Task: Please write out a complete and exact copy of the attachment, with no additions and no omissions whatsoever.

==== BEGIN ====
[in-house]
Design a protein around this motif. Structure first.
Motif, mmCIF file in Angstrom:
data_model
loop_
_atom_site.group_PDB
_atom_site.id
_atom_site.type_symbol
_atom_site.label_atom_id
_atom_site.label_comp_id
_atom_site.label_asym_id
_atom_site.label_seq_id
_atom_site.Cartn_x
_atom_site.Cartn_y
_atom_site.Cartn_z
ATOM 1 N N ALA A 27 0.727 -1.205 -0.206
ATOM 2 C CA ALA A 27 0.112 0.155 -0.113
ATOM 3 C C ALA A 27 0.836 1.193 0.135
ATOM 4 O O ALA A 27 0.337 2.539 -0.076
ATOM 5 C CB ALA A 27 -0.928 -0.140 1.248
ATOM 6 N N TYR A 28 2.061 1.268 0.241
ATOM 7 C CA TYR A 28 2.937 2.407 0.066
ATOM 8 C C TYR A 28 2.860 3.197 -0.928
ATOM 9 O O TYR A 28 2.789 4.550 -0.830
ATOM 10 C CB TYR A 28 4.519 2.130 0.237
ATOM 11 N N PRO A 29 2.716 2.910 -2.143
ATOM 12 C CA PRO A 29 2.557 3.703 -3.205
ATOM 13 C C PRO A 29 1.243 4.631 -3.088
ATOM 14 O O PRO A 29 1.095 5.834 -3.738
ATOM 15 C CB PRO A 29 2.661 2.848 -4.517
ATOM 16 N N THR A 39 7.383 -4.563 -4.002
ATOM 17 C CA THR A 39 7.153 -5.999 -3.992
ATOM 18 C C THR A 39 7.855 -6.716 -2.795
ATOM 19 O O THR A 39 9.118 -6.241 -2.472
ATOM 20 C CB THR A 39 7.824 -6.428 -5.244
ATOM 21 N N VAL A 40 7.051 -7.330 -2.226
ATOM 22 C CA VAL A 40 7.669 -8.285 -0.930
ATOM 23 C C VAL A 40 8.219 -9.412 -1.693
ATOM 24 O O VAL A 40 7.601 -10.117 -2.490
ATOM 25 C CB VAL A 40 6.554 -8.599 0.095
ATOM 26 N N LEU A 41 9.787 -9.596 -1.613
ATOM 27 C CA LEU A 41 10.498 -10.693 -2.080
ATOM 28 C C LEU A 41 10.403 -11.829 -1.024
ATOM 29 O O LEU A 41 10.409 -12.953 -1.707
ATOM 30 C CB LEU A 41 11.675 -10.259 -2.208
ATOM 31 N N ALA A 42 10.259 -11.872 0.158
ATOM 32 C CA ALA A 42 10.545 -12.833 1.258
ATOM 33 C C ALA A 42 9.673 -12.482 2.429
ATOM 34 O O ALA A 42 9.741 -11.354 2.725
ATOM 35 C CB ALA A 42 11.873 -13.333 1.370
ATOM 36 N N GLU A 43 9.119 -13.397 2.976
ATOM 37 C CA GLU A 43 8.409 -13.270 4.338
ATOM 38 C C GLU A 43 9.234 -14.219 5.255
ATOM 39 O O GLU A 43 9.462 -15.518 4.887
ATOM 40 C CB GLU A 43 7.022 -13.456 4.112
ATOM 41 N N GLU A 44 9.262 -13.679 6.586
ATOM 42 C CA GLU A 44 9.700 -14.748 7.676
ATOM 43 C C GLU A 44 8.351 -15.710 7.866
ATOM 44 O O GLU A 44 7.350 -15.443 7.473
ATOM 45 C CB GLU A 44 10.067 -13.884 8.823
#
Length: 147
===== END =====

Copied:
[in-house]
Design a protein around this motif. Structure first.
Motif, mmCIF file in Angstrom:
data_model
loop_
_atom_site.group_PDB
_atom_site.id
_atom_site.type_symbol
_atom_site.label_atom_id
_atom_site.label_comp_id
_atom_site.label_asym_id
_atom_site.label_seq_id
_atom_site.Cartn_x
_atom_site.Cartn_y
_atom_site.Cartn_z
ATOM 1 N N ALA A 27 0.727 -1.205 -0.206
ATOM 2 C CA ALA A 27 0.112 0.155 -0.113
ATOM 3 C C ALA A 27 0.836 1.193 0.135
ATOM 4 O O ALA A 27 0.337 2.539 -0.076
ATOM 5 C CB ALA A 27 -0.928 -0.140 1.248
ATOM 6 N N TYR A 28 2.061 1.268 0.241
ATOM 7 C CA TYR A 28 2.937 2.407 0.066
ATOM 8 C C TYR A 28 2.860 3.197 -0.928
ATOM 9 O O TYR A 28 2.789 4.550 -0.830
ATOM 10 C CB TYR A 28 4.519 2.130 0.237
ATOM 11 N N PRO A 29 2.716 2.910 -2.143
ATOM 12 C CA PRO A 29 2.557 3.703 -3.205
ATOM 13 C C PRO A 29 1.243 4.631 -3.088
ATOM 14 O O PRO A 29 1.095 5.834 -3.738
ATOM 15 C CB PRO A 29 2.661 2.848 -4.517
ATOM 16 N N THR A 39 7.383 -4.563 -4.002
ATOM 17 C CA THR A 39 7.153 -5.999 -3.992
ATOM 18 C C THR A 39 7.855 -6.716 -2.795
ATOM 19 O O THR A 39 9.118 -6.241 -2.472
ATOM 20 C CB THR A 39 7.824 -6.428 -5.244
ATOM 21 N N VAL A 40 7.051 -7.330 -2.226
ATOM 22 C CA VAL A 40 7.669 -8.285 -0.930
ATOM 23 C C VAL A 40 8.219 -9.412 -1.693
ATOM 24 O O VAL A 40 7.601 -10.117 -2.490
ATOM 25 C CB VAL A 40 6.554 -8.599 0.095
ATOM 26 N N LEU A 41 9.787 -9.596 -1.613
ATOM 27 C CA LEU A 41 10.498 -10.693 -2.080
ATOM 28 C C LEU A 41 10.403 -11.829 -1.024
ATOM 29 O O LEU A 41 10.409 -12.953 -1.707
ATOM 30 C CB LEU A 41 11.675 -10.259 -2.208
ATOM 31 N N ALA A 42 10.259 -11.872 0.158
ATOM 32 C CA ALA A 42 10.545 -12.833 1.258
ATOM 33 C C ALA A 42 9.673 -12.482 2.429
ATOM 34 O O ALA A 42 9.741 -11.354 2.725
ATOM 35 C CB ALA A 42 11.873 -13.333 1.370
ATOM 36 N N GLU A 43 9.119 -13.397 2.976
ATOM 37 C CA GLU A 43 8.409 -13.270 4.338
ATOM 38 C C GLU A 43 9.234 -14.219 5.255
ATOM 39 O O GLU A 43 9.462 -15.518 4.887
ATOM 40 C CB GLU A 43 7.022 -13.456 4.112
ATOM 41 N N GLU A 44 9.262 -13.679 6.586
ATOM 42 C CA GLU A 44 9.700 -14.748 7.676
ATOM 43 C C GLU A 44 8.351 -15.710 7.866
ATOM 44 O O GLU A 44 7.350 -15.443 7.473
ATOM 45 C CB GLU A 44 10.067 -13.884 8.823
#
Length: 147